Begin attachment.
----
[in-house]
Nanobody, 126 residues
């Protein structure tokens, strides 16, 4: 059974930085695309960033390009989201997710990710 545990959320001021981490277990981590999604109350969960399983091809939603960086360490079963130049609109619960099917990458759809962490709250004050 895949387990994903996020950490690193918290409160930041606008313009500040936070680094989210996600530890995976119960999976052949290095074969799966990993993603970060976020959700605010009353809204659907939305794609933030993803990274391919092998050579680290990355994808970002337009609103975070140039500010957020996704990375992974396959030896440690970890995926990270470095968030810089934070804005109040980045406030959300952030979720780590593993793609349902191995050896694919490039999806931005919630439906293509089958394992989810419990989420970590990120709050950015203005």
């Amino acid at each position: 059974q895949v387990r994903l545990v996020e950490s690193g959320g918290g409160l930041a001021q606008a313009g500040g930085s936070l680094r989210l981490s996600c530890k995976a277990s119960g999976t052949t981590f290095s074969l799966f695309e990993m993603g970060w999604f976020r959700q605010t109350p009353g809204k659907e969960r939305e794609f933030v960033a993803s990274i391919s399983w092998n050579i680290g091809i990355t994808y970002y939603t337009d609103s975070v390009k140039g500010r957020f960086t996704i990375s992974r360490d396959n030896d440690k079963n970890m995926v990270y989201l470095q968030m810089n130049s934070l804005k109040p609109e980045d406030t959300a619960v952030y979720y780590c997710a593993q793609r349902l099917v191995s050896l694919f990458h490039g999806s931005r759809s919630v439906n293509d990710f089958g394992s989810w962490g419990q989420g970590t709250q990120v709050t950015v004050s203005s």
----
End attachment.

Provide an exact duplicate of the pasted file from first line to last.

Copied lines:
[in-house]
Nanobody, 126 residues
């Protein structure tokens, strides 16, 4: 059974930085695309960033390009989201997710990710 545990959320001021981490277990981590999604109350969960399983091809939603960086360490079963130049609109619960099917990458759809962490709250004050 895949387990994903996020950490690193918290409160930041606008313009500040936070680094989210996600530890995976119960999976052949290095074969799966990993993603970060976020959700605010009353809204659907939305794609933030993803990274391919092998050579680290990355994808970002337009609103975070140039500010957020996704990375992974396959030896440690970890995926990270470095968030810089934070804005109040980045406030959300952030979720780590593993793609349902191995050896694919490039999806931005919630439906293509089958394992989810419990989420970590990120709050950015203005």
């Amino acid at each position: 059974q895949v387990r994903l545990v996020e950490s690193g959320g918290g409160l930041a001021q606008a313009g500040g930085s936070l680094r989210l981490s996600c530890k995976a277990s119960g999976t052949t981590f290095s074969l799966f695309e990993m993603g970060w999604f976020r959700q605010t109350p009353g809204k659907e969960r939305e794609f933030v960033a993803s990274i391919s399983w092998n050579i680290g091809i990355t994808y970002y939603t337009d609103s975070v390009k140039g500010r957020f960086t996704i990375s992974r360490d396959n030896d440690k079963n970890m995926v990270y989201l470095q968030m810089n130049s934070l804005k109040p609109e980045d406030t959300a619960v952030y979720y780590c997710a593993q793609r349902l099917v191995s050896l694919f990458h490039g999806s931005r759809s919630v439906n293509d990710f089958g394992s989810w962490g419990q989420g970590t709250q990120v709050t950015v004050s203005s």